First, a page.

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In the Studio: Adele Goes Country on Fall Disc

British singer inspired by Wanda Jackson, Alison Krauss on follow-up to '19'

July 23, 2010 1:00 PM ET

While she was touring North America in support of her Grammy-winning 2008 album, 19, R&B singer Adele says a whole new world of musical inspiration opened up for her after a friend introduced her to a country legend. "I got addicted to this Wanda Jackson hits album," says the singer. "She's so cheeky and so raunchy. She's kind of like the female Elvis: really sexual, not afraid to embarrass herself."

It wasn't just Jackson's music she discovered: Traveling extensively in the South for the first time, she found herself drawn to American country music, in general. ("I never was a fan of it growing up, because we don't really have it in England.") Back home in London last fall, Adele began incorporating those new influences — Jackson, Alison Krauss, Lady Antebellum, in particular — into songs like "Rolling in the Deep," where her voice takes on a hint of Jackson's dirty-blues growl. "I wanted the songs not to have anything glittery or glamorous about them, like an organic tapestry rather than like a Gaga album," says the 21-year-old singer. "I mean, I love Gaga, but I didn't want to get wrapped up in all that European dance music."

Keep up with rock's latest news in Random Notes.

Instead, Adele headed west, to Malibu's Shangri La Studios, to work with producer Rick Rubin on her second disc, due out in September. "I was expecting it to be really difficult and that I would be quite scared the whole time, being in his company," she says. "But I've never been so chilled out in my life. Rick is the calmest person I've ever met. We would jam out a song for a while, and then see what we had."

She had support from a crack session band, including bassist Pino Palladino, keyboard player James Poyser, guitarists Matt Sweeney and Smokey Hormel, and drummer Chris Dave, who do a masterful job augmenting Adele's melodies without intruding on them. "It's such an honest record, and I'm really moved by it," she says. "It's not hidden behind anything, and even though that's what I wanted, I was a little bit scared of it. It makes me want to burst out crying whenever I hear it."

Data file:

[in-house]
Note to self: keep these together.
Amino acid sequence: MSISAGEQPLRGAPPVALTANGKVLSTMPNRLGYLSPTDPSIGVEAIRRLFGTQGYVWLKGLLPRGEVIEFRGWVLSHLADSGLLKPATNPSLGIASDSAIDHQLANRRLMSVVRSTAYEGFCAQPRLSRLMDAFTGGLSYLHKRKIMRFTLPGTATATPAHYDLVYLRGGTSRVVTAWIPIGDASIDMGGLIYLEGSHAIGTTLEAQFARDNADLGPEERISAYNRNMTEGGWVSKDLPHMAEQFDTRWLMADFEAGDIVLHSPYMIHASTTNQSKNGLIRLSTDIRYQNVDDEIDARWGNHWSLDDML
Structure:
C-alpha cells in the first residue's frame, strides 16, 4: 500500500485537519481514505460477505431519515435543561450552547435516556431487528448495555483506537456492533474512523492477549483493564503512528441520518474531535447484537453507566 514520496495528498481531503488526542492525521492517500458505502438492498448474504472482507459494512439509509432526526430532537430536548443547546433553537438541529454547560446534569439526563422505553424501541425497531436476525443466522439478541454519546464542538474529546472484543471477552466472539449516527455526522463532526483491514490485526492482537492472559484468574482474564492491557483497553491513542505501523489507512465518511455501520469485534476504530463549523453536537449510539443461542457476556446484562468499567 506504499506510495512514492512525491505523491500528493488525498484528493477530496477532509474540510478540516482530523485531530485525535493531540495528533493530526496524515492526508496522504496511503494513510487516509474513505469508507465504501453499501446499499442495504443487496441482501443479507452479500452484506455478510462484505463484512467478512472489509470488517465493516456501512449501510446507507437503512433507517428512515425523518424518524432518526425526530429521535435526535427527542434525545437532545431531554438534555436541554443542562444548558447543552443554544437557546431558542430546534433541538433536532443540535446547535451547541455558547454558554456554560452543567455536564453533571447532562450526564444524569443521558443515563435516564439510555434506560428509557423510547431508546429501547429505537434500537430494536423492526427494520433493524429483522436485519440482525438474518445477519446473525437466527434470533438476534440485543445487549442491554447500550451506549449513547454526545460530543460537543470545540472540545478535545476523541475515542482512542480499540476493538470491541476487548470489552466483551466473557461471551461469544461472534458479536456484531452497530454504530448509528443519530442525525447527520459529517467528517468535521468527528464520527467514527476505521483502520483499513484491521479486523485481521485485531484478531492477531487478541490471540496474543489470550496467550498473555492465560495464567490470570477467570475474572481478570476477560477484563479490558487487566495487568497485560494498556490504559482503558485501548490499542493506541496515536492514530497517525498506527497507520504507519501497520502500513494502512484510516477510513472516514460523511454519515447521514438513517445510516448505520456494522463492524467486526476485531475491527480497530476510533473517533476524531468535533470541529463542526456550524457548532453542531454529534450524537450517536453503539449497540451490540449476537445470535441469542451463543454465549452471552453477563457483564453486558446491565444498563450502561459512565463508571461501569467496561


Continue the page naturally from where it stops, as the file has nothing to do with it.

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Song Stories

“Try a Little Tenderness”

Otis Redding | 1966

This pop standard had been previously recorded by dozens of artists, including by Bing Crosby 33 years before Otis Redding, who usually wrote his own songs, cut it. It was actually Sam Cooke’s 1964 take, which Redding’s manager played for Otis, that inspired the initially reluctant singer to take on the song. Isaac Hayes, then working as Stax Records’ in-house producer, handled the arrangement, and Booker T. and the MG’s were the backing band. Redding’s soulful version begins quite slowly and tenderly itself before mounting into a rousing, almost religious “You’ve gotta hold her, squeeze her …” climax. “I did that damn song you told me to do,” Redding told his manager. “It’s a brand new song now.”

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